Sunderland football club have had some great footballers playing for them over the years. These players contributed in Sunderland’s legacy and left an everlasting mark on the club. In this article, we will have look at some of the greatest Sunderland players ever.
Based on consistency, longevity, success, impact, loyalty and dedication, here are the 10 greatest Sunderland players ever.
10. Raich Carter
Born in Hendon, Carter was an explosive inside-forward who was rightly regarded as one of the best players in the country for the majority of the 1930s. Having made his league debut as a 19-year-old, by the time he was 24 he had won a League Championship medal, an FA Cup winners’ medal and appeared for England.
A superb all-round talent, he skippered Sunderland to victory in the 1937 FA Cup final. He also played first-class cricket for Derbyshire in 1946. He later became a football manager.
9. Dave Halliday
Halliday joined Sunderland in 1925, replacing Charlie Buchan. He has a Sunderland goals to games ratio of 0.943, the highest of any striker in Sunderland’s history. He struck 165 goals in 175 games for the Black Cats of which included 156 league goals from 166 games, and nine in nine FA Cup outings.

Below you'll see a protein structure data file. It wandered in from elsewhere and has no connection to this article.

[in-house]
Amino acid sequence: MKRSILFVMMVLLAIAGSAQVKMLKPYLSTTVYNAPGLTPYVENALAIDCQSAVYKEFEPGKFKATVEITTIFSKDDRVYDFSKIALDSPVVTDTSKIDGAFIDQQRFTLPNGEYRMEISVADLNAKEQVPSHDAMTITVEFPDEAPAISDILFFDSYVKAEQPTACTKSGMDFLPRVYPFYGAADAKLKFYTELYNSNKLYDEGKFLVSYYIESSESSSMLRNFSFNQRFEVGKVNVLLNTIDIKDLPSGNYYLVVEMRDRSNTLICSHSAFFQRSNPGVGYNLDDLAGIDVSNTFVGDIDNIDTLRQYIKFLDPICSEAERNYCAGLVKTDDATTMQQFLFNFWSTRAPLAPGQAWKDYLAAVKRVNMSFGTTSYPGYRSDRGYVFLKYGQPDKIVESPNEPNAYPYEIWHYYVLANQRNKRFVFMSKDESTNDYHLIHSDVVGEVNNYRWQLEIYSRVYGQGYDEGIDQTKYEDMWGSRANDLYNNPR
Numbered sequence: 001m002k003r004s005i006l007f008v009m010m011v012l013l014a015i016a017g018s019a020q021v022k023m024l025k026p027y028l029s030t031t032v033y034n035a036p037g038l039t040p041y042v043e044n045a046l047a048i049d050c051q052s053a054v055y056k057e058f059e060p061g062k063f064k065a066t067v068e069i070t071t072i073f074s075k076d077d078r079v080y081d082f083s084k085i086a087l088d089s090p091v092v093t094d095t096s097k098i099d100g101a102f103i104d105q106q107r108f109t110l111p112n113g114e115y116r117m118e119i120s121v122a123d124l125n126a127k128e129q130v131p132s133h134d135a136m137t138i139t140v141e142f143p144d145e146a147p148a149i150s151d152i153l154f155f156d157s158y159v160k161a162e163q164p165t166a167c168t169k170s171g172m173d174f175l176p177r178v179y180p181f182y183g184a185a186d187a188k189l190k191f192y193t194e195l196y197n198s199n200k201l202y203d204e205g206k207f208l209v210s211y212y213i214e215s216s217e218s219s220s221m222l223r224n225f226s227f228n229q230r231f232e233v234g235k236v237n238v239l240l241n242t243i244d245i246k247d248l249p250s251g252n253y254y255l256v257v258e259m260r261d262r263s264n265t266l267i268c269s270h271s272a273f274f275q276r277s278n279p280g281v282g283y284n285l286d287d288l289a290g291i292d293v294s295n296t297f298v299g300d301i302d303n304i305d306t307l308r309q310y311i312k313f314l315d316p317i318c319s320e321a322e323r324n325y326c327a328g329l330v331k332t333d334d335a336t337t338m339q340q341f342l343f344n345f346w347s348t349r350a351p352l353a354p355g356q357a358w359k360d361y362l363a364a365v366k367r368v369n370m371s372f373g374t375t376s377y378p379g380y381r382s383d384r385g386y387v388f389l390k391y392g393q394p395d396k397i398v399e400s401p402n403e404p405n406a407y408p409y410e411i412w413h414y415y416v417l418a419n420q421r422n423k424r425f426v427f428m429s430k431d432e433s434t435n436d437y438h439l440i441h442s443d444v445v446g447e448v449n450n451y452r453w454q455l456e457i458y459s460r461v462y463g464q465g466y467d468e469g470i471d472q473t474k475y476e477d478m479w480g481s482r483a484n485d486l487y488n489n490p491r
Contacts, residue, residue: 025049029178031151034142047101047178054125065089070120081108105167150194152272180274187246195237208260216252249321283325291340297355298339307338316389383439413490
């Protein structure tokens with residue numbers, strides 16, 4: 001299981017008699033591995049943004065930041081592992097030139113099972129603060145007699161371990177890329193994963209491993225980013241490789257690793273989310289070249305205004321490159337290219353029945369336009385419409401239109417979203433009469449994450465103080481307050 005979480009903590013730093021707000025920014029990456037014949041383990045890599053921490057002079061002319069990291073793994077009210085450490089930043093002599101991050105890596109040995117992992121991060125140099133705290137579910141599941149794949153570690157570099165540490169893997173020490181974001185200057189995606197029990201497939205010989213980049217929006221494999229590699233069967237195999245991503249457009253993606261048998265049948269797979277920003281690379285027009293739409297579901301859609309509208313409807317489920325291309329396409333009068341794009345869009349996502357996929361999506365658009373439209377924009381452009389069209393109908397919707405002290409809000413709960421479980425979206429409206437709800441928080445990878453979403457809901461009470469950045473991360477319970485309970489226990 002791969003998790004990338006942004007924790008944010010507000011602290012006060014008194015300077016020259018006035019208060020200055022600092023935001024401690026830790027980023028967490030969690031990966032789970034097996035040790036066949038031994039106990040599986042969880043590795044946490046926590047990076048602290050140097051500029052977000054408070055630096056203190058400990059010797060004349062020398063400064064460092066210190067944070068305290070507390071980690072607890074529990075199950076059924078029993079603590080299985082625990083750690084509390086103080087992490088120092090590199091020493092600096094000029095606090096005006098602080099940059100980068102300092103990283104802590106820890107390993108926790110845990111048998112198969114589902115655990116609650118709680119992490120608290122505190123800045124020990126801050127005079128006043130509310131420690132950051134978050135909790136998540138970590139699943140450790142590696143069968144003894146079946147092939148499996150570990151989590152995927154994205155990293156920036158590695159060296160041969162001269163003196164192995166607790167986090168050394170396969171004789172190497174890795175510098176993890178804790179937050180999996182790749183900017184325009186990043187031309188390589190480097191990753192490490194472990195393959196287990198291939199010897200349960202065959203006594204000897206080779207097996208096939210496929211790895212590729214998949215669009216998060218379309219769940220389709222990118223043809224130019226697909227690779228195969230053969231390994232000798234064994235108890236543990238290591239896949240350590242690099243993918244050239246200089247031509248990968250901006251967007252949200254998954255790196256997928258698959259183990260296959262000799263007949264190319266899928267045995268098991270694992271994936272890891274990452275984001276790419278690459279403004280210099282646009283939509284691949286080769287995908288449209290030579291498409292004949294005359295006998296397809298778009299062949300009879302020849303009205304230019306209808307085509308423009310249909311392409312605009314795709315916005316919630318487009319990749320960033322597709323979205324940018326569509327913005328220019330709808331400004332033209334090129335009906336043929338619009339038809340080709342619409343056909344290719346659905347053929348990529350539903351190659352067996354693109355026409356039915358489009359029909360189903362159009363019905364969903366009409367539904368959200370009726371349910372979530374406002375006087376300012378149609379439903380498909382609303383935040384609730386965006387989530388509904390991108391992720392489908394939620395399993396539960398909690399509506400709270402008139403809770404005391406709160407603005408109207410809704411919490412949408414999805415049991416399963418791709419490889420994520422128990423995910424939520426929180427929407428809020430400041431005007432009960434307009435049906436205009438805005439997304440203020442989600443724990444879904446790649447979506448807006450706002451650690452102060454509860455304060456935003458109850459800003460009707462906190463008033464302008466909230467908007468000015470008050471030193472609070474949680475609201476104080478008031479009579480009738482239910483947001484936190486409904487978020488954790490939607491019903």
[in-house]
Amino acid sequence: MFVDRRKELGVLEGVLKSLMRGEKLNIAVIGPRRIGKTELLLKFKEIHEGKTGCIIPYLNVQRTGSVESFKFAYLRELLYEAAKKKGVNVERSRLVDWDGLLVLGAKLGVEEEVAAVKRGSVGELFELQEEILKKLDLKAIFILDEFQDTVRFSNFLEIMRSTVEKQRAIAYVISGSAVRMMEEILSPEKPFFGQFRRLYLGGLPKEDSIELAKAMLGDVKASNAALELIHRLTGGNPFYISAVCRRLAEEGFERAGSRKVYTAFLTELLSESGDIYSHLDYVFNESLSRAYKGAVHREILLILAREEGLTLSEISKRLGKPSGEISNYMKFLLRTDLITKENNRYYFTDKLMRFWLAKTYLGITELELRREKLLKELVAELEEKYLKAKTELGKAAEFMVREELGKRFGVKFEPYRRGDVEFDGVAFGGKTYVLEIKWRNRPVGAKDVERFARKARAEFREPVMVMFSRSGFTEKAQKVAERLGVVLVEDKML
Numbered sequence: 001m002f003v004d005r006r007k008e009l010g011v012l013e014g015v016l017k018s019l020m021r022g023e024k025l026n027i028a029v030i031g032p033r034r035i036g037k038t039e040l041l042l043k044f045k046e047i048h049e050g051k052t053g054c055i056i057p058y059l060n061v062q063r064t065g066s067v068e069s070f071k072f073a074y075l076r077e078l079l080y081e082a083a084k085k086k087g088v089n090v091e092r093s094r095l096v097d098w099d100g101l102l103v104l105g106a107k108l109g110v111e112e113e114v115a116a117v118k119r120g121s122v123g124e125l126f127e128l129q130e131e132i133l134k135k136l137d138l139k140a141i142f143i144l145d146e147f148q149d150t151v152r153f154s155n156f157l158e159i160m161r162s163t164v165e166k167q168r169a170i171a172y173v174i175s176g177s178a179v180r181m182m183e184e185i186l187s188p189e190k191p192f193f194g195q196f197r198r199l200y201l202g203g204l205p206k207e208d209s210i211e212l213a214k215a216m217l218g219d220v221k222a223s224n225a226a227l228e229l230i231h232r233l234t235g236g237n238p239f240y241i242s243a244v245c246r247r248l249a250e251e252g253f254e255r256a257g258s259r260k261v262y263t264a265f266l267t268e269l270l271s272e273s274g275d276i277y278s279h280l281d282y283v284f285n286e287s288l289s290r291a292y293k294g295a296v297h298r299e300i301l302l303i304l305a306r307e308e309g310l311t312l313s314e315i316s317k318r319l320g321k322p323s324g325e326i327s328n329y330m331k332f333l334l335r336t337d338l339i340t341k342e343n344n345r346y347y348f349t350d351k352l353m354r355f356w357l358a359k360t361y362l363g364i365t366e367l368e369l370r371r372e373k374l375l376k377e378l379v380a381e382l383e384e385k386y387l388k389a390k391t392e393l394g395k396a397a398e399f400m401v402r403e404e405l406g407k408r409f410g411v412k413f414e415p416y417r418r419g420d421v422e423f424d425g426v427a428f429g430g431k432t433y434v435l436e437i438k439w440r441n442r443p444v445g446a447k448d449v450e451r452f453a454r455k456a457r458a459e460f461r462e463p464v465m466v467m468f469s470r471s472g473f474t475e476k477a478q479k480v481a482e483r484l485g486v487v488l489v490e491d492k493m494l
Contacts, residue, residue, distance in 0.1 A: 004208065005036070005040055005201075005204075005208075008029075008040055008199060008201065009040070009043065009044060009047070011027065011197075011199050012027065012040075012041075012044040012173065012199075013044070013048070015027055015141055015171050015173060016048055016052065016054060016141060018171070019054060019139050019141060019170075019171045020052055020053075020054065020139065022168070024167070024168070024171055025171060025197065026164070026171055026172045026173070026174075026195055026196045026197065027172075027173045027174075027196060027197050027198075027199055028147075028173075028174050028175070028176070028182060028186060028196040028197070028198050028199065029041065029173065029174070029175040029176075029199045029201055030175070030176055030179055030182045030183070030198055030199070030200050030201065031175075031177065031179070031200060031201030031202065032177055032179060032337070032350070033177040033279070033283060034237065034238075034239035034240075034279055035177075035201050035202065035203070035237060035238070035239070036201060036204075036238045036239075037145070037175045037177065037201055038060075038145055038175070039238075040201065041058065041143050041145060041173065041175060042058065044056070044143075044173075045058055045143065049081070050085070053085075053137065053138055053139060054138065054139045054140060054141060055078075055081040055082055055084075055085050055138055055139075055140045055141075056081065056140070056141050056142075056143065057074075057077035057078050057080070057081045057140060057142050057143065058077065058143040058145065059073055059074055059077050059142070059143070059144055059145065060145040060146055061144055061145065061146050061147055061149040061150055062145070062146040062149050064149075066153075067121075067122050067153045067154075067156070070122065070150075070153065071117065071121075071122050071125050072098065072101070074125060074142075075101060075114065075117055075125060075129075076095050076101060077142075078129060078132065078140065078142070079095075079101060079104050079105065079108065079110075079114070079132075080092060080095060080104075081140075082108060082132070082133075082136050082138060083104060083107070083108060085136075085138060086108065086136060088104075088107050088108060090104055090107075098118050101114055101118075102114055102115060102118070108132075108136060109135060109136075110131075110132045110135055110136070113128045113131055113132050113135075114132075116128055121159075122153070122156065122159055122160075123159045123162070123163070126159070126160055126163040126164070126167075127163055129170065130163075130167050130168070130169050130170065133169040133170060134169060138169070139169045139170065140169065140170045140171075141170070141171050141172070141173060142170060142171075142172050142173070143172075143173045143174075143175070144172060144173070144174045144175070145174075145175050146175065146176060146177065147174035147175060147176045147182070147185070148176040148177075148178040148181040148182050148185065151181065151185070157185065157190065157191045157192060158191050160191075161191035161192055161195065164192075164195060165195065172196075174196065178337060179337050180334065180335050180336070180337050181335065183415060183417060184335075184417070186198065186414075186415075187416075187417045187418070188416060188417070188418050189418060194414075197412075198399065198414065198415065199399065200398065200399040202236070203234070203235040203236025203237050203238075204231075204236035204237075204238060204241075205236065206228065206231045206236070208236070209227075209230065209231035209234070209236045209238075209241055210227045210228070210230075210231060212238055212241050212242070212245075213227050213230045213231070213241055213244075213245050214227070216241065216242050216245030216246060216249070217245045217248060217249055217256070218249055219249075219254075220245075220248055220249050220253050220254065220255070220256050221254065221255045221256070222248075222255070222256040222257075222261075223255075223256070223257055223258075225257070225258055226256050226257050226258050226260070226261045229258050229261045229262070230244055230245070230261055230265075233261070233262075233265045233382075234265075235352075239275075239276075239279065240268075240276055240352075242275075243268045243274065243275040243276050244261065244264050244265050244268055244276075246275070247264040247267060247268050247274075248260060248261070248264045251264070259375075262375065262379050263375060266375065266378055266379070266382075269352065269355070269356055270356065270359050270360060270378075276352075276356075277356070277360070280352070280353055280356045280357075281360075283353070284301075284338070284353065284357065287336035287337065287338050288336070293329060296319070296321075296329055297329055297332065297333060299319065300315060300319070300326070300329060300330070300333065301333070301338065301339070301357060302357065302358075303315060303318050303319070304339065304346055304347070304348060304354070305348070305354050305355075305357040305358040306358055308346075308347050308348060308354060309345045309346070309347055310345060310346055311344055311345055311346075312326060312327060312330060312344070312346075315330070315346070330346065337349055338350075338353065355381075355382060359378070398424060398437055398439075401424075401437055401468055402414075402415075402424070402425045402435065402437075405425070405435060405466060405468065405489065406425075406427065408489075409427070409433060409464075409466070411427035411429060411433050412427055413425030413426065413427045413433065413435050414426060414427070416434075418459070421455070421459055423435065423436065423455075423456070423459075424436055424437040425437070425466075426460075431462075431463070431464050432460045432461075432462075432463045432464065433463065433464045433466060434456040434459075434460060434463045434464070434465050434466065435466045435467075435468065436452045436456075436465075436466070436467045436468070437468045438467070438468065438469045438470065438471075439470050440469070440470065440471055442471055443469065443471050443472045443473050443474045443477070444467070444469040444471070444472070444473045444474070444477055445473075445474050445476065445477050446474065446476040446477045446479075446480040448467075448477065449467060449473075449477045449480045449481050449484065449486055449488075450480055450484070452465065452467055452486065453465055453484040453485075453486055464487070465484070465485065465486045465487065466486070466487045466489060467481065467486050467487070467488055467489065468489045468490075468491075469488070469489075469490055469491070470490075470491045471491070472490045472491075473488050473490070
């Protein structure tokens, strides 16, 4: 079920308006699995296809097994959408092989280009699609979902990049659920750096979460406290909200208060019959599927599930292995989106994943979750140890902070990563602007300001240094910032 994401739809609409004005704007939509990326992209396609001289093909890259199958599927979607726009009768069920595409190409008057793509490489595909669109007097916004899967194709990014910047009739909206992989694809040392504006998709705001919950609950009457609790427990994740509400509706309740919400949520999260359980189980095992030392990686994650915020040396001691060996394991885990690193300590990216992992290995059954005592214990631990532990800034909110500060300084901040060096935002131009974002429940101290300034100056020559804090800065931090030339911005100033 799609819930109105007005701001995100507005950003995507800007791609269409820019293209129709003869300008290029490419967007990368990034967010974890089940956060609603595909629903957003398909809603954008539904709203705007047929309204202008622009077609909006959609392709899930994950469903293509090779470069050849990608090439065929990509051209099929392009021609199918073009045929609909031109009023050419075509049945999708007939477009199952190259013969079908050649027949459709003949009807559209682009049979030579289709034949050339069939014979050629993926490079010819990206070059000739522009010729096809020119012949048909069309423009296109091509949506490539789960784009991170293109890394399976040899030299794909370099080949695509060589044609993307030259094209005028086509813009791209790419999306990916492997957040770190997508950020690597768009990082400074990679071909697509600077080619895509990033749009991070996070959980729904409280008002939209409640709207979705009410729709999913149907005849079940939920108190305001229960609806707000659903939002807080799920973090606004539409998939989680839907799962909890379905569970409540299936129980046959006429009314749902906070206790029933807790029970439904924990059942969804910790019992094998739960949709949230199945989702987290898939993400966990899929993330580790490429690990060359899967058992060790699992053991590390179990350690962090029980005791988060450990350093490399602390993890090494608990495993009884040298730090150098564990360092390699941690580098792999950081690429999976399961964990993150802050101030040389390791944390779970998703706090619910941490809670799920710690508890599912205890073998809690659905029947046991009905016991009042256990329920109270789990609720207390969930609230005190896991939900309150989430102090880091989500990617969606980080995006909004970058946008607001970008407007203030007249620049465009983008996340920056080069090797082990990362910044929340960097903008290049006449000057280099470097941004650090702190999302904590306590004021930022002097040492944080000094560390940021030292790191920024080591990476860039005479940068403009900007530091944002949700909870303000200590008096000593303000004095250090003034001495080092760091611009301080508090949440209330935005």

Halliday scored 12 Sunderland hat-tricks, more than any other Sunderland player. He hit scored 4 goals in a game on three occasions. He is also Sunderland’s third highest goalscorer of all time. Halliday is undoubtedly one of the greatest Sunderland players ever.
8. Len Shackleton
Shackleton left Newcastle United to join Sunderland in 1948 for a then British record transfer fee – £20,050 – and became one of the most adored and loved players ever to pull on a red and white shirt.
He gained all of his England senior international caps whilst he was a Sunderland player, and retired from professional football in 1957 after making 348 appearances for the team, scoring 100 goals.
7. Dave Watson
Dave Watson was signed as a centre forward from Rotherham in 1970 for £100,000. After a period of alternating between centre forward and as a centre back, he established himself as a rock at the heart of the defence in the 1972/73 season.
Remembered as one of greatest Sunderland players ever, Watson spent more than a quarter of his long, successful career with the Wearsiders. He spent the whole of his Sunderland career in the Second Division, but was a key performer in the 1973 FA Cup-winning campaign, with his whole-hearted defensive display helping the club pull off a Wembley shock. By the end of his footballing career, he had made a remarkable 657 league appearances.